There are 29,000 individuals and many of them reside in southern Ethiopia in villages between Arba Minch and Chancha. Their primary occupation is weaving. They are known for their elephant-shaped houses and polyphonic multi-part vocal music.
Daasanech (also known as the Marille or Geleba)
Groups of Daasanech occur in southern Ethiopia, Kenya and South Sudan. There are around 50,000 Daasanech in Ethiopia. They fish and keep cattle, sheep, goats, donkeys and camels, in a semi-nomadic lifestyle. They grow sorghum, maize, pumpkins and beans on the banks of the Omo river after the floods recede.
The 350,000 members of the Konso tribe live in an area south of Lake Chamo. Their main town is Konso, also known as Bakuele.
They are farmers, living in UNESCO protected fortified hilltop villages surrounded by their farming land. They grow sunflowers, fruits, cotton, sorghum and corn on stone walled terraces. They are also renowned bee-keepers.
They produce wooden anthropomorphic statues, erected in honour of important deceased people. In the Konso language they are called Waga.
The Hamar are largely pastoralists and value cattle highly. There are nearly 50,000 Hamar in southwest Ethiopia. They are known for their unique male initiation rite which culminates in the ‘leap over the cattle’ or ‘bull jumping’.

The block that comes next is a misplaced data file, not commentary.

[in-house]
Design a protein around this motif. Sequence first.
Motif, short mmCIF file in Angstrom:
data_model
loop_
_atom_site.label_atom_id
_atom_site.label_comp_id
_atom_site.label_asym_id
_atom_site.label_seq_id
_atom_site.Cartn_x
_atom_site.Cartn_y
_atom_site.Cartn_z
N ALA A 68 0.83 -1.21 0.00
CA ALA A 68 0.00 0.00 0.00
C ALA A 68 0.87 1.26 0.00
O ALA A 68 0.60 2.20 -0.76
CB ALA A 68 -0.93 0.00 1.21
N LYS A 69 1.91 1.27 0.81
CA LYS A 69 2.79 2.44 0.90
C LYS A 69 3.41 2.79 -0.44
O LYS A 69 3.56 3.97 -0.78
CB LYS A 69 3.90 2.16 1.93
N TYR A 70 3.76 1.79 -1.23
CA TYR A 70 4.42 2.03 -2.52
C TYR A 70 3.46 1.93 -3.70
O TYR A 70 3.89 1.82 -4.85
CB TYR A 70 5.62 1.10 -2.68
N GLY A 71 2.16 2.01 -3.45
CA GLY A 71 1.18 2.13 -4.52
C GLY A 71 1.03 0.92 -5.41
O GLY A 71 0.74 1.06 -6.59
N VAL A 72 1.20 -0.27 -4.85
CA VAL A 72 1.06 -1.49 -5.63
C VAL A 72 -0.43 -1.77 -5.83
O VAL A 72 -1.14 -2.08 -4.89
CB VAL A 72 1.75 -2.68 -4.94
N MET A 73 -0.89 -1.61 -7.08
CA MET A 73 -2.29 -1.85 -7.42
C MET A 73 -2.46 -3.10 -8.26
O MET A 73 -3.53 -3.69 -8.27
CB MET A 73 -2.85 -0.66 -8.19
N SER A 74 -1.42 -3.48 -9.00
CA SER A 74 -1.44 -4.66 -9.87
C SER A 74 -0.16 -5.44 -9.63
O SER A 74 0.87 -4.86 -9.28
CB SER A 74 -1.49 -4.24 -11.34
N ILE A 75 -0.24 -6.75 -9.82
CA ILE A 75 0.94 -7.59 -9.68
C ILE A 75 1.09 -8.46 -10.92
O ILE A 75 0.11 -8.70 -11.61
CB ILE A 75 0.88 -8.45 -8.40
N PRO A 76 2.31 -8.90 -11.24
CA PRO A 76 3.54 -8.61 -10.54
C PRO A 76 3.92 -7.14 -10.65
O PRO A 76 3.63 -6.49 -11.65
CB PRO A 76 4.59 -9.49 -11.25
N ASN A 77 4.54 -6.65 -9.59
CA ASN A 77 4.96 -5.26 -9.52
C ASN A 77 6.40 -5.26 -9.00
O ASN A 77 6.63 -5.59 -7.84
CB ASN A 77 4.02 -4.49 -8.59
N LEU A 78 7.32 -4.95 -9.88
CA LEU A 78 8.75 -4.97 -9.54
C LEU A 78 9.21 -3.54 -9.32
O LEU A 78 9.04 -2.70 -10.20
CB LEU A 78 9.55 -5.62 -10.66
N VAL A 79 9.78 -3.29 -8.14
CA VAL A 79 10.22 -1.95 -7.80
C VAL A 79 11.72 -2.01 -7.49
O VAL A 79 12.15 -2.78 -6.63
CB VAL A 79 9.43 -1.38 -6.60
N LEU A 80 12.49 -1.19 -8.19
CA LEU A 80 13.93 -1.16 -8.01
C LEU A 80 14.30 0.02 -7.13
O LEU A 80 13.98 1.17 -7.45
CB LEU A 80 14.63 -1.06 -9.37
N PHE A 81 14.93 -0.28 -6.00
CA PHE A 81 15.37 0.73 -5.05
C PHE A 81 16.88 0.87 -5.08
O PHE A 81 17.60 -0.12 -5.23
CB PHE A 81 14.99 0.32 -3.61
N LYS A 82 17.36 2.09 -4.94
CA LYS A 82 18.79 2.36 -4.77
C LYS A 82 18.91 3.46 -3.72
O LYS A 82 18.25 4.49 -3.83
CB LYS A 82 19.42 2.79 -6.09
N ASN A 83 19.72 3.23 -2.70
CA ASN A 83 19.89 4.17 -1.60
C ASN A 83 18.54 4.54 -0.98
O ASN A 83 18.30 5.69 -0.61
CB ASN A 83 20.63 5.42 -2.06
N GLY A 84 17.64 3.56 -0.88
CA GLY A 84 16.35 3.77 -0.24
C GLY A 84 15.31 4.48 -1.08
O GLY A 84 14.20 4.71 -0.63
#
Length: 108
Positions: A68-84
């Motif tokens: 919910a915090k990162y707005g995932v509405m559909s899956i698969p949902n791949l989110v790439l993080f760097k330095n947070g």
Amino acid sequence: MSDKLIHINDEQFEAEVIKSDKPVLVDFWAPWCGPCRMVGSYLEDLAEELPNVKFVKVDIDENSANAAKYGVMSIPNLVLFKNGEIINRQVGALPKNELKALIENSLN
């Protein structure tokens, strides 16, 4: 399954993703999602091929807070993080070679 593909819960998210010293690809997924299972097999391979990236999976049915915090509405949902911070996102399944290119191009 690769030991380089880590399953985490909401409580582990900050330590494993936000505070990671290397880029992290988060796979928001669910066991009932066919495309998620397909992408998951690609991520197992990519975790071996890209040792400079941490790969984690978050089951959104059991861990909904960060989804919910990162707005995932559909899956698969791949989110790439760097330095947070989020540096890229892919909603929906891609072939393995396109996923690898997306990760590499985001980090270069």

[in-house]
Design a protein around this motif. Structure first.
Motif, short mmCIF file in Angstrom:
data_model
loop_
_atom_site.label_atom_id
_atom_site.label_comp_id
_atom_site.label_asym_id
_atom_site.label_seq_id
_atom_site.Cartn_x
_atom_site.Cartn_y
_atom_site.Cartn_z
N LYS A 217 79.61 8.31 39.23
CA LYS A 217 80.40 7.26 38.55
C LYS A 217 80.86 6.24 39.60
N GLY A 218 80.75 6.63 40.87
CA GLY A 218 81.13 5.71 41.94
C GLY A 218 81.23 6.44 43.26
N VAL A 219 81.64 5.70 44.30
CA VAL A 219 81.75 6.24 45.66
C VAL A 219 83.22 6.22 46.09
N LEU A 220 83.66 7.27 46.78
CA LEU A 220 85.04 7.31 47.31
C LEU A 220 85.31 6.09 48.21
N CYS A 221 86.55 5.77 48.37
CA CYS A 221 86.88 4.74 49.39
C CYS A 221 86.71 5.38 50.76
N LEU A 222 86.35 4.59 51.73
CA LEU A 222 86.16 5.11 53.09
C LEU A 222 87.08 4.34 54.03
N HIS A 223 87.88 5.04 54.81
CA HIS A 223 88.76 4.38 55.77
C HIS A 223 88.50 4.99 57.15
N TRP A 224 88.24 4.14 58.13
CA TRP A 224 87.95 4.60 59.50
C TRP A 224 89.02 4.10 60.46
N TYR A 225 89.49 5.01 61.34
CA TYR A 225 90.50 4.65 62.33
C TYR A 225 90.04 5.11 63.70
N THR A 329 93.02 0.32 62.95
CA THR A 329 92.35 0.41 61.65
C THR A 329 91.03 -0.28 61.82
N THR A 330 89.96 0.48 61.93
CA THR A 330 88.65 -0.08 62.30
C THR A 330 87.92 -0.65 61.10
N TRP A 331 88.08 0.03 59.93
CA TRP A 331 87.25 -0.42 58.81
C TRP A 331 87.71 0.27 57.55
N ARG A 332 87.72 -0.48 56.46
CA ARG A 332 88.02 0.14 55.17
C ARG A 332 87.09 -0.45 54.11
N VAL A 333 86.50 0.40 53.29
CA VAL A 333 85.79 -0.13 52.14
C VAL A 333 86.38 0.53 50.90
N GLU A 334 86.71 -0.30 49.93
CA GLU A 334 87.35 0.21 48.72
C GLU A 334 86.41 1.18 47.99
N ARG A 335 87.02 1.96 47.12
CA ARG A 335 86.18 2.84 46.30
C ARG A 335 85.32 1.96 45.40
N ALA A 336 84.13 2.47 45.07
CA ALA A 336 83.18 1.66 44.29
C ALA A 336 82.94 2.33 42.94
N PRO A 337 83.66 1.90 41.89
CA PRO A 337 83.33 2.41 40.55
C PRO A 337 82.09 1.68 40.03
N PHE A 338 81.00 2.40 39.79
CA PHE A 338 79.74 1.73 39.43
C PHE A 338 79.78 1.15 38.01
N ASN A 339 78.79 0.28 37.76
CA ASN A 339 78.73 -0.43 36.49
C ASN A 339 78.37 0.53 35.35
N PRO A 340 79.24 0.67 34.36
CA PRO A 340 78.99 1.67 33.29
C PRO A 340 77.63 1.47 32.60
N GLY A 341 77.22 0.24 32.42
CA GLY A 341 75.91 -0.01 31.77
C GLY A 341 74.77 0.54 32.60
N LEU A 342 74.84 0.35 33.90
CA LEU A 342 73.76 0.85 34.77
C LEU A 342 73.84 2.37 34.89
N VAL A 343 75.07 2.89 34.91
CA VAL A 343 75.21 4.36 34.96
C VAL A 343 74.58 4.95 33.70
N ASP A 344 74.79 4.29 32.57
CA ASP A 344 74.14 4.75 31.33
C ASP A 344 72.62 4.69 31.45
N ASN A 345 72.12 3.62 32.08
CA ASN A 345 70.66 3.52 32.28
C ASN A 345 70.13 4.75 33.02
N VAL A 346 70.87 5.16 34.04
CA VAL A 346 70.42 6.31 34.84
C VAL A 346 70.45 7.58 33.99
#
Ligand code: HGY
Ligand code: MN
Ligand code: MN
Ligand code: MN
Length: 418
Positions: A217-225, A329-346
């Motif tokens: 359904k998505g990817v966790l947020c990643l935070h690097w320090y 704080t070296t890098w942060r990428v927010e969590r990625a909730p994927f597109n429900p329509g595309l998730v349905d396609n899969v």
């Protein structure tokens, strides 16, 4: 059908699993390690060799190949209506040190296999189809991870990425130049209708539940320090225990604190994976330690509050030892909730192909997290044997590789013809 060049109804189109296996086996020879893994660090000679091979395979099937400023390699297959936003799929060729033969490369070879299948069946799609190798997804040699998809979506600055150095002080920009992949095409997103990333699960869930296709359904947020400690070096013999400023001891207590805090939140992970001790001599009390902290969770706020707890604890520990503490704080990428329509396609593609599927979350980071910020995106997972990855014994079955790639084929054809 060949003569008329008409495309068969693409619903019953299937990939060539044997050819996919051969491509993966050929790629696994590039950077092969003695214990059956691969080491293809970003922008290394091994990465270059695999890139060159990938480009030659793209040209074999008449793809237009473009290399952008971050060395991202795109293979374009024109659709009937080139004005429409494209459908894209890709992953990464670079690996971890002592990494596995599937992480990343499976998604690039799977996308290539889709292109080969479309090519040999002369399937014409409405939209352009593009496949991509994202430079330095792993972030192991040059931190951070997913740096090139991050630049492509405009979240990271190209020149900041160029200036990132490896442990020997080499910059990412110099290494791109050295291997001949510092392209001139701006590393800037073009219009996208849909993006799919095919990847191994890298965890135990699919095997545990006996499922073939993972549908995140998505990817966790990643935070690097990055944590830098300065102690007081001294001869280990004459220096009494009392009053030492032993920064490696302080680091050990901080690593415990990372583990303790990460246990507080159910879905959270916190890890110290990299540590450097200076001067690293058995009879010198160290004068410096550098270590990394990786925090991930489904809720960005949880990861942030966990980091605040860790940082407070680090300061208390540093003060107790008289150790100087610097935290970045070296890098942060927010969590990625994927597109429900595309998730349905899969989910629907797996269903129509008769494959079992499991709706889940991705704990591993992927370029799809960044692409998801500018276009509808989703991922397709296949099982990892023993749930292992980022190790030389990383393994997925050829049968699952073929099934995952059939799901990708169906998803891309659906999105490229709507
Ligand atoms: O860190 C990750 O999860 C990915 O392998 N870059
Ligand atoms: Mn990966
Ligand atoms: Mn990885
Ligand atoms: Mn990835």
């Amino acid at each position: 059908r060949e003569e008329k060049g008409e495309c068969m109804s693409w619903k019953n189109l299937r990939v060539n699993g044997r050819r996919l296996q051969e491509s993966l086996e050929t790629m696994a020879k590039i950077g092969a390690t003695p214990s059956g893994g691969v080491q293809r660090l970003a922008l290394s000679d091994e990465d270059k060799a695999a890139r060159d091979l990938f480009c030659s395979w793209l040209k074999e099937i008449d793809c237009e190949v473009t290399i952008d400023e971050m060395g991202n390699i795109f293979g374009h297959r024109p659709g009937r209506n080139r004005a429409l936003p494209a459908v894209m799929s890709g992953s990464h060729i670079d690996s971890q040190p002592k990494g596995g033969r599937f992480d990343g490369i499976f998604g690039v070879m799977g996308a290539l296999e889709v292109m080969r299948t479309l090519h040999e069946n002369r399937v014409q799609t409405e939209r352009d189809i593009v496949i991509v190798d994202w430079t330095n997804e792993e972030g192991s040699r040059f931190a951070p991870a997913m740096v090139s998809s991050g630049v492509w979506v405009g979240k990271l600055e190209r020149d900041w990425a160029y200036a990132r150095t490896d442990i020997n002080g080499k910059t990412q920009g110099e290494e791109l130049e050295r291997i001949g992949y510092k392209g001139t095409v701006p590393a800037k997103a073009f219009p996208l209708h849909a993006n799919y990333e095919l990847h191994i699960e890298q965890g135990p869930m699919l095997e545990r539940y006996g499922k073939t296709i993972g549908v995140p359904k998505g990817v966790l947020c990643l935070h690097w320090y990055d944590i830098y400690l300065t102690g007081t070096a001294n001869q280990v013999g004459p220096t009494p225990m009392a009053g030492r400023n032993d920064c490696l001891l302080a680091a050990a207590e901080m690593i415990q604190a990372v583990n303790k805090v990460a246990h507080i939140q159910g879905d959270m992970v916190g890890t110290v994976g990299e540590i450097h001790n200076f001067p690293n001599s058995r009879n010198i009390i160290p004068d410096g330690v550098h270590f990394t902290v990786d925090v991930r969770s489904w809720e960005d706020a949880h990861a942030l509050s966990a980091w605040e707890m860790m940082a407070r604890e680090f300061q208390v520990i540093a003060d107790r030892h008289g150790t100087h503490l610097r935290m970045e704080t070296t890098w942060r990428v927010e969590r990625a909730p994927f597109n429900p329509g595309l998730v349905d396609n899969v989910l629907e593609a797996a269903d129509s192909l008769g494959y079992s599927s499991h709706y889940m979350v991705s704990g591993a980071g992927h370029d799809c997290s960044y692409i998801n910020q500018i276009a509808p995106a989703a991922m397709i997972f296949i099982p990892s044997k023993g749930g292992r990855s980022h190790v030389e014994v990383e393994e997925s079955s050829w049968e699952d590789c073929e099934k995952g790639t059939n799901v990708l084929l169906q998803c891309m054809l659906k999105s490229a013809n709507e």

aka Karo, are a small group (1,500) living on the east bank of Omo. They are linguistically close to the Hamar but their main crop is sorghum, grown on the river banks between floods. They are renowned for their elaborate body painting.
(or Mun as they call themselves) live in an isolated region close to the border with South Sudan, between the river Omo and its tributary Mago. There are around 10,000 Mursi. They are best known for their lip-plates, but they also have a rich tradition of body paint, scarification, body ornamentation and dress.
For further information about the Mursi and their neighbouring tribes, visit the informative website set up by the Refugee Studies Centre at the Oxford Department of International Development, University of Oxford – www.mursi.org.